• Although it is anticipated that the majority of interventions will involve various types of immunotherapeutic approaches, the initiative is open to employing other modalities that will potentiate immune responses including radiation therapy, drugs that affect components of the tumor stroma, vascular system, and other parts of tumor milieu.
  • A valid output from these studies will also be the design of suitable and clinically applicable tests, signatures, immunoscoring tools including imaging techniques that will allow better response prediction, and monitoring of the above interventions. Another output may be an agent or combination that could be tested in an early phase of clinical testing.

Research areas of interest for this FOA include but are not limited to:

  • In depth characterization of the human PDAC tumor microenvironment over the course of the disease, pre- and post- interventions combined with mechanistic studies beyond correlations or cataloging of cell types in the microenvironment;
  • Research on the interactions between immune effectors and suppressors in the human PDAC milieu
  • Studies of microenvironment in PDAC metastases
  • Novel interventions targeting components of the PDAC tumor microenvironment including stroma, immune response, epithelial-mesenchymal transition, tumor vascularization, etc.;
  • Models mimicking the interactions between PDAC and its microenvironment;
  • Data generated from Lynch syndrome- and/or microsatellite instability- associated PDAC responses to immunotherapy and their utilization for the design of interventions in PDAC not-associated with this condition;
  • Development of prediction assays for PDAC patient stratification in immunotherapy interventions
  • Early phase clinical testing of immunotherapy alone or in combination with radiation, chemotherapy, or precision medicine interventions;
  • Research in disparities-associated PDAC microenvironment and the potential to use immunotherapy in these populations

An early phase/pilot clinical trial in the later years of the award may be proposed, but is not required, especially in those instances where agents are provided by sources outside of the NCI.

Research areas that will not be considered responsive to this FOA include but are not limited to

  • Projects that focus on the tumor microenvironment of other cancers;
  • Specimen collection and banking not linked to experimental hypotheses;

Eligibility and Work Scope:

Applicants for U01 grant support should have the capacity to generate pre-clinical data based on preliminary findings in the study of PDAC tumor microenvironment including immune responses, role of different components of tumor stroma, or tumor vascularization. The data obtained should either enable the validation of the stated hypothesis using clinical specimens or amass critical information which could culminate in an early phase clinical trial in the later years of the project.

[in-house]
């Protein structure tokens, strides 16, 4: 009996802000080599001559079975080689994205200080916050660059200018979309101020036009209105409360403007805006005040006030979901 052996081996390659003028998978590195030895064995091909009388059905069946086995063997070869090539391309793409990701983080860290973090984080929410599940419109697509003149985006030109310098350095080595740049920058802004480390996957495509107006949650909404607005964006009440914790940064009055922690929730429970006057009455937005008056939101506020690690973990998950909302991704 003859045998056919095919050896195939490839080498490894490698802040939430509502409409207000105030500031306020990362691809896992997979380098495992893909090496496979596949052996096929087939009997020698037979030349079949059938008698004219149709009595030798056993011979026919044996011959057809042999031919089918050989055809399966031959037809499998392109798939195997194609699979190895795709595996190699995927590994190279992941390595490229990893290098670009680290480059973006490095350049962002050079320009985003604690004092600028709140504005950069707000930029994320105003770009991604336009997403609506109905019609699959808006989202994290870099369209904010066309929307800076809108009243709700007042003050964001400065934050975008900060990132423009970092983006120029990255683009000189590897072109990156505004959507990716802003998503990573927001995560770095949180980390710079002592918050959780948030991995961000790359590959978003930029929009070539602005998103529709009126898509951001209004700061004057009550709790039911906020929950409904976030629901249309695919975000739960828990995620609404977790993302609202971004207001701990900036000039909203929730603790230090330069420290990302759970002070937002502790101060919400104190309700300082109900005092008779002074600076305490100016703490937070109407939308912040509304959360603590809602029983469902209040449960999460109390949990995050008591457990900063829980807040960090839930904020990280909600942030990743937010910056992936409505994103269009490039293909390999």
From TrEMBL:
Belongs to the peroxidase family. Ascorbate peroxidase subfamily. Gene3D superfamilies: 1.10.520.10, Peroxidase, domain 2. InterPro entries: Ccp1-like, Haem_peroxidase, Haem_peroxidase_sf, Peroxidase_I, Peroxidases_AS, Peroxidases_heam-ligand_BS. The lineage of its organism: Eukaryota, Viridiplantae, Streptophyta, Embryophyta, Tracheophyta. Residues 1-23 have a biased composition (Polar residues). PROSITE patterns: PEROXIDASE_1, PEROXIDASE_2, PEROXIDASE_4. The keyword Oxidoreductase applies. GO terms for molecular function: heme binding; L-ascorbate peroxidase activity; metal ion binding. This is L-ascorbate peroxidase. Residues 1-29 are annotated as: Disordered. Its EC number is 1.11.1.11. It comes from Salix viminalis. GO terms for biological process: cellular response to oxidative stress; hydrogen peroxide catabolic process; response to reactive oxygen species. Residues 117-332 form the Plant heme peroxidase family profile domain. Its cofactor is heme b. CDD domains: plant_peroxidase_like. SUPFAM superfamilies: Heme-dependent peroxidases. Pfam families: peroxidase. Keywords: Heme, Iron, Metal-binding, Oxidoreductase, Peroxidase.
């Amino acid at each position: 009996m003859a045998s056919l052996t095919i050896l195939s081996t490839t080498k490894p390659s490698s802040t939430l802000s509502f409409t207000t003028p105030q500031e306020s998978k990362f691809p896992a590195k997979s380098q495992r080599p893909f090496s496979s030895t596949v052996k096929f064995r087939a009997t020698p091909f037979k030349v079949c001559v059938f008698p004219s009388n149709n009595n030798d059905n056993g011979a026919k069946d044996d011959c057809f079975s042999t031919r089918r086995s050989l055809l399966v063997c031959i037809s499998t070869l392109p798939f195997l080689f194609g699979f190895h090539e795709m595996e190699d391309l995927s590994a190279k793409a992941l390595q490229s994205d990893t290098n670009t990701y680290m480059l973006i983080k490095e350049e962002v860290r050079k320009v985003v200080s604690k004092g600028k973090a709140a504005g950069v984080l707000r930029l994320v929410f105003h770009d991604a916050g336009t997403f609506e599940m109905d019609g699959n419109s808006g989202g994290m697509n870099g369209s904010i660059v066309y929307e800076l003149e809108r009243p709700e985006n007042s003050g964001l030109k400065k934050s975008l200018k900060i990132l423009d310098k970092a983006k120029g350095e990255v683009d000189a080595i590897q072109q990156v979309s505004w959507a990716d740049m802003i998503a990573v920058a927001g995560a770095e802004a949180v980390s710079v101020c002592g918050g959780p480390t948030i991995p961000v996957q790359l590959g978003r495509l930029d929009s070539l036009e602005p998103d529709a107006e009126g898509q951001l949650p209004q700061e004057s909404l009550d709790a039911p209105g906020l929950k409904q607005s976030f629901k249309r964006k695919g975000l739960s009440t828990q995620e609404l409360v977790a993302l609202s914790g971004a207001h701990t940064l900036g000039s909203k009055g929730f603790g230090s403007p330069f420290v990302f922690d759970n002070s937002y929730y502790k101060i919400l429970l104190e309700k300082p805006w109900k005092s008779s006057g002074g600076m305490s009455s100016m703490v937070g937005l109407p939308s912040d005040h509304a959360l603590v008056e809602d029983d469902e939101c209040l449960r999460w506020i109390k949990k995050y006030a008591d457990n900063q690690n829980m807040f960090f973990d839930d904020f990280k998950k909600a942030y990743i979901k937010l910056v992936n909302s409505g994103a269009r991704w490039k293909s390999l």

Transdisciplinary nature of the Consortium

Collaboration among cellular and molecular biologists, immunologists, pathologists, bioinformaticians, surgeons, molecular imagers, and medical and radiation oncologists will be necessary. When necessary, substantial participation of staff involved in clinical trials is also anticipated. Lastly, patient advocates and navigators are invited to contribute to the grant.

It is expected that projects will either start with specimens from a clinical trial (not supported by this grant) or from other sources (e.g., rapid autopsy program, stored tissues, etc.) that will provide material for mechanistic and assay development studies, or begin with laboratory studies leading to an early phase clinical trial in the later years of the project. Studies including biospecimens from underserved patient populations are particularly encouraged.

Organization of the Consortium

The consortium will consist of up to 5 U01 grants focused on various characteristics of the PDAC microenvironment that will enable the design of new immunotherapy and other treatment interventions. The projects included in each grant may be carried out by one or more institutions.

A U24 Resource Center (RC) that will have several administrative and resource/ services functions is also proposed. It will serve as the hub for the consortium; individual applicants for U01 grants are encouraged to also apply for the U24 infrastructure grant. The main service function for the RC will be to serve as a bioinformatics center, and to oversee the distribution of tissues and models. Administrative responsibilities of the RC will include support of conference calls and annual meetings of the consortium, and reporting duties to the NCI.

Multi-PI applications for a U01 grant from single or multiple institutions will be accepted and are encouraged. Each U01 grant may include multiple members and disciplines at the same or different institutions to fulfill the need for highly specialized, multidisciplinary expertise.

A Consortium Steering Committee (CSC) will be established to oversee the consortium collaborative activities to maximize the use of resources. The CSC will be composed of the PDs/PIs PDs/PIs of each U01 project, the PD(s)/PI(s) of the RC and 2 NCI representatives. In collaboration with NCI, the CSC will also promote exchange of laboratory methods and scientific findings through use of the RC and coordinate data dissemination and generated resources to the general research community. Additional responsibilities may be included based on the makeup of the newly established consortium. The PDs/PIs of the application should clearly declare commitment to participate in the CSC.

See Section VIII. Other Information for award authorities and regulations.

Section II. Award Information